Loved Beau is Afraid? Stream these 7 existential horror movies (if you dare)

A frame from the trailer of Beau Is Afraid of Joaquin Phoenix
(Image credit: A24)

Director Ari Aster is back on his A-game, this time with his new film Beau Is Afraid. Described in a nutshell, the movie is being described as "a surrealist tragi-comedy horror film". That cover enough genres for you?

Joaquin Phoenix stars as the eponymous Beau, who is forced to confront his lifelong anxieties and fears when he has to attend his mother’s funeral. It’s a three-hour long opus that’s already been released in the US, and is due out in UK cinemas on May 19 – we're still waiting to hear when it'll come to the best streaming services.

Even just the trailer has stressed people something fierce:

For those who couldn't get enough of this unnerving and uncomfortable tale, here are seven other films that you can watch that explore the more existential side of the horror world. You'll find them on the likes of Netflix, HBO Max and more.

The Wicker Man 

This 1973 film is perhaps one of the most iconic films to bring together horror and paganism – the May Day dance around the maypole was never seen in the same way afterwards. Robin Hardy’s film stars Edward Woodward as Sergeant Neil Howie, who’s sent to the remote rural Scottish island of Summerisle when a little girl goes missing. 

Police procedural drama this very much isn’t, and instead he finds an increasingly bizarre goings-on on the island, and the villagers seem more than a little bit creepy. Of course, it’s all gearing up to the local tradition of the ritual of setting a man made of wood on fire, which is just a jolly, light-hearted event for all, right?

Available to stream on AMC+ in the US and Australia, as well as Shudder in the US and UK. UK viewers can see it for free on ITVX.   


Borrowing from themes in the The Wicker Man, director Ari Aster also set his second feature film in a remote community who are obsessed with traditional customs and shocking rituals. Florence Pugh shines as Dani Ardor, who joins her obnoxious boyfriend and his pals on a trip of a lifetime to check out a midsummer festival in remote Sweden.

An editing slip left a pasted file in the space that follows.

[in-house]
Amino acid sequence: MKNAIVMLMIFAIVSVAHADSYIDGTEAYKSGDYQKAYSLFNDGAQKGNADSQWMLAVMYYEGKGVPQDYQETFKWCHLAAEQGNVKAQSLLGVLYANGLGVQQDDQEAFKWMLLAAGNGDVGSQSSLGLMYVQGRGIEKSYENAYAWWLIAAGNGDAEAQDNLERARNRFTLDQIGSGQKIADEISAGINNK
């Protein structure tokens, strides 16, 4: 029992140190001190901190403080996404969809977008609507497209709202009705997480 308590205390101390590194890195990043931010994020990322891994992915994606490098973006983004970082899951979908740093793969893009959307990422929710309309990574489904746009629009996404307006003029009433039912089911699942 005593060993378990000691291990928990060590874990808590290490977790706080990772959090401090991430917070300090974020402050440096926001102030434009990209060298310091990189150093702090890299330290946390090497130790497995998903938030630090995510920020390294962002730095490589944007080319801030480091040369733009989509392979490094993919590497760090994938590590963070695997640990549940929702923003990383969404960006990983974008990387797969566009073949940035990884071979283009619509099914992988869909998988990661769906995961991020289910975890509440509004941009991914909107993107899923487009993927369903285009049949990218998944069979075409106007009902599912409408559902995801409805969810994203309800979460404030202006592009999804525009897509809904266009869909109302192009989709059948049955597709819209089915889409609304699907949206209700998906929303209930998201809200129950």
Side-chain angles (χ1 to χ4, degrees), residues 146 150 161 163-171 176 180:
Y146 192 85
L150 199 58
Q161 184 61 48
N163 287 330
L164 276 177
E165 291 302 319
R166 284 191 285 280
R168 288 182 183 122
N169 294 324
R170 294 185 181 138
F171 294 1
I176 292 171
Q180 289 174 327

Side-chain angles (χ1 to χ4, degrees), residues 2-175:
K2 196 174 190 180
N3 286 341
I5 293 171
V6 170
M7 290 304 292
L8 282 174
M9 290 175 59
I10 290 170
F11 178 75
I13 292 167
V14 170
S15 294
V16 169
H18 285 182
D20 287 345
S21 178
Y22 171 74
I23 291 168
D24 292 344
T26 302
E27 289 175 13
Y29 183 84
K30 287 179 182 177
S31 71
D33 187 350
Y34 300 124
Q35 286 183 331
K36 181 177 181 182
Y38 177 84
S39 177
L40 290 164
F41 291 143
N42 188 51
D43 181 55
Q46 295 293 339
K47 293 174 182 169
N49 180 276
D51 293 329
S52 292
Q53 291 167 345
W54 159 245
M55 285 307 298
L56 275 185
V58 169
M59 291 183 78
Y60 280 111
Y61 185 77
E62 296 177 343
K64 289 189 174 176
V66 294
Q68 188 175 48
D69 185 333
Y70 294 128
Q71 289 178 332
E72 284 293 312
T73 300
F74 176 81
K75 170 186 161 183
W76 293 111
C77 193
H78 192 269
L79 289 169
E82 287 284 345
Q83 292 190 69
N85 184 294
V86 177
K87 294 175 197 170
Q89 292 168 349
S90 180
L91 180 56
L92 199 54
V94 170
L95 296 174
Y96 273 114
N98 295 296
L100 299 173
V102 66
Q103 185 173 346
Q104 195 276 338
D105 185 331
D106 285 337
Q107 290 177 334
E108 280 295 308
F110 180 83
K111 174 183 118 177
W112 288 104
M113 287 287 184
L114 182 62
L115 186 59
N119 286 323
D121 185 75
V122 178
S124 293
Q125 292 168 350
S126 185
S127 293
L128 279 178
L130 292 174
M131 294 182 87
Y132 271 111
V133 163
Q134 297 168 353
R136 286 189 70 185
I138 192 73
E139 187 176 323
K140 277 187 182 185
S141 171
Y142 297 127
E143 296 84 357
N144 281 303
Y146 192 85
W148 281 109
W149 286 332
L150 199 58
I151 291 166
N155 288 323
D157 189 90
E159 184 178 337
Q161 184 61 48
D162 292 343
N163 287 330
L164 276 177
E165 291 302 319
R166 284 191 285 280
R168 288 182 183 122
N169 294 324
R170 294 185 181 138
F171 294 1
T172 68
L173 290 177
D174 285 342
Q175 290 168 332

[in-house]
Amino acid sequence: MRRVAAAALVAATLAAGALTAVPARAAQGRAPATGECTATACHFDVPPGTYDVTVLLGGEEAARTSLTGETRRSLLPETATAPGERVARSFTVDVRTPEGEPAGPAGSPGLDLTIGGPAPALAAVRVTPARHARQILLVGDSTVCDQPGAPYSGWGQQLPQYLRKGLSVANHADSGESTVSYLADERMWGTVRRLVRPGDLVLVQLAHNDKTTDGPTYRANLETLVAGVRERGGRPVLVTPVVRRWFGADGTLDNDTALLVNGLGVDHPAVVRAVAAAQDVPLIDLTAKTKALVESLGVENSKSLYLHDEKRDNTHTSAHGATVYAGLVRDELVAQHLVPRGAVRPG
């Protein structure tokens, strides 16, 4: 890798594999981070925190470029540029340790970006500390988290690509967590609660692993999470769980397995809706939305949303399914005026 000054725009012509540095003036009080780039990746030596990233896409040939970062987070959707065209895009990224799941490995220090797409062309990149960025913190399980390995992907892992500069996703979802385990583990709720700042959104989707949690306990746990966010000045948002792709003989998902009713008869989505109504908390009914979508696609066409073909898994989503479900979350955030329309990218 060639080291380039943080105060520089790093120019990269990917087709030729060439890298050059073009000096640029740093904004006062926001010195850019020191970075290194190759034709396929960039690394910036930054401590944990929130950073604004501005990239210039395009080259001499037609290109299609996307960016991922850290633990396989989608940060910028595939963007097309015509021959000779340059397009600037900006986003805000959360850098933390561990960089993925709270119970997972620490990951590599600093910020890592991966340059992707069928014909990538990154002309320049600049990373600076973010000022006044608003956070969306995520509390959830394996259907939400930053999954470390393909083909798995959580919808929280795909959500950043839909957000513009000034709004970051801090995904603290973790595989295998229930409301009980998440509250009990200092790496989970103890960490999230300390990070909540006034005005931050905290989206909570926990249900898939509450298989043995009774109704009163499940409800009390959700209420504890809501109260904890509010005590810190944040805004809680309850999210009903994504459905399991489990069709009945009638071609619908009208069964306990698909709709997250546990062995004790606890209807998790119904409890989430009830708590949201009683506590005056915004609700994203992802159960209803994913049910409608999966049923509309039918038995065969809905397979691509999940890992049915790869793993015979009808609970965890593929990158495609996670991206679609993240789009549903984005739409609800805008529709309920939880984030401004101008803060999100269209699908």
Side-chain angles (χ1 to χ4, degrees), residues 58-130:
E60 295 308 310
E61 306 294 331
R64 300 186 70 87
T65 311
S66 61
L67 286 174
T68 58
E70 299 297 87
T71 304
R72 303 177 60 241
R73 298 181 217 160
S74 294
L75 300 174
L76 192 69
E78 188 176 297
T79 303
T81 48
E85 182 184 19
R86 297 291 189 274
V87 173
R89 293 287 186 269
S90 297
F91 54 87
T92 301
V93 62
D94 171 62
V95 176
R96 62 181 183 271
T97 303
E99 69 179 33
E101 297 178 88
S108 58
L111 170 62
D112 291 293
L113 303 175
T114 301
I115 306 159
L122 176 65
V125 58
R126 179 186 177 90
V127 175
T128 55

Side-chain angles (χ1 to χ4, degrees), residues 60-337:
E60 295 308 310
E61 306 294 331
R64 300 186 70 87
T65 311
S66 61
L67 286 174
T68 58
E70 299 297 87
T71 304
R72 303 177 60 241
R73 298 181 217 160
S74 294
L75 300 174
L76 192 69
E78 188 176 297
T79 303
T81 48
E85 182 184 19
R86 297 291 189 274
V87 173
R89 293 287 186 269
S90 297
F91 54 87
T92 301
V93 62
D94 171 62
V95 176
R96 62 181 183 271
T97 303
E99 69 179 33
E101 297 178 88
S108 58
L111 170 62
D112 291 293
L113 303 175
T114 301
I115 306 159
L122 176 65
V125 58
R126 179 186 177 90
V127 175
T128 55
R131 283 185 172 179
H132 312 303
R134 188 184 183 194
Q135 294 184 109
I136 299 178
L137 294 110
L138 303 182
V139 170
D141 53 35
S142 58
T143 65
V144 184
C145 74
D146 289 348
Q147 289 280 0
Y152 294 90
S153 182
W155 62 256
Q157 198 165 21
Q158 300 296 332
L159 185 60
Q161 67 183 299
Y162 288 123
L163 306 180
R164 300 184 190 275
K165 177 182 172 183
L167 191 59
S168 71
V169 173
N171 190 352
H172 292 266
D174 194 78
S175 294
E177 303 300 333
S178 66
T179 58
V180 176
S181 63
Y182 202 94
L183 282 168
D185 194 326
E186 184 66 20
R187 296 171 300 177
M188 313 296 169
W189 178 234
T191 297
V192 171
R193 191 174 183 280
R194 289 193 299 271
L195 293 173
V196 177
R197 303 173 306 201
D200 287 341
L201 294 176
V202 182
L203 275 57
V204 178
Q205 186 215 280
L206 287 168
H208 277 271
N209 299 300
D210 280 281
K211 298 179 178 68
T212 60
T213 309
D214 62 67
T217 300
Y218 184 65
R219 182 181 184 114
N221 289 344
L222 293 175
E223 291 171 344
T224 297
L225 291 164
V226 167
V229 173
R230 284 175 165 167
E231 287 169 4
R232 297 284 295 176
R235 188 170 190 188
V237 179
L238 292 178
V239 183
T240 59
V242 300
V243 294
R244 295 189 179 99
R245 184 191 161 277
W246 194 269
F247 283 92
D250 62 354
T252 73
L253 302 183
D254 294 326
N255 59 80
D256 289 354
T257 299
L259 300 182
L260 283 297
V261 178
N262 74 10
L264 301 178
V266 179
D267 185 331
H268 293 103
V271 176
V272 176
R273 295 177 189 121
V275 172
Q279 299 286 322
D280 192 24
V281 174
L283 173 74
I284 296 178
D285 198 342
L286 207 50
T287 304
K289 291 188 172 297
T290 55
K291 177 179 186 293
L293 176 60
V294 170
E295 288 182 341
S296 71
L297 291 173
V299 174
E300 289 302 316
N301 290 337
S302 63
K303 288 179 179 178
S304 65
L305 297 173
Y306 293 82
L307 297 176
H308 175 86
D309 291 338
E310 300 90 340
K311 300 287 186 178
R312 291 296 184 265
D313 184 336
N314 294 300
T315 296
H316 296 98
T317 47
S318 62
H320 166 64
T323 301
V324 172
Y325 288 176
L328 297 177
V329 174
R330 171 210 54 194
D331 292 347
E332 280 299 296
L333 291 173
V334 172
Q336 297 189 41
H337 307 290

But while the friends are hoping for some cool stories to tell their friends back in America, they’ve very much underestimated the desires of the cult-like members of the group. Shocking, gory and creepy in equal measure, stills from the film’s famous ending launched a thousand memes.

Available to stream on Showtime in the US, and on Netflix in the UK and Australia.

The Road

If your hope for humanity is low, then you might want to give this post-apocalyptic horror a miss. Otherwise, come prepared with stoicism. Based on the hugely successful Cormac McCarthy book of the same name, this film brings to life the terrible state of affairs the human race has found itself in following an unspecified occurrence. 

We join Viggo Mortensen, who plays the father of a young Kodi Smit-McPhee. After the disappearance of they boy's mother, the duo are forced to fend for themselves among gangs of rapist, murderers and cannibals with just two bullets left in their gun. This 2009 film is best saved for those 'well, things could be worse' moments in life. 

Available to stream on Vudu and Freevee in the US. It's also available on Rakuten TV and Freevee in the UK, and Binge and Stan in Australia.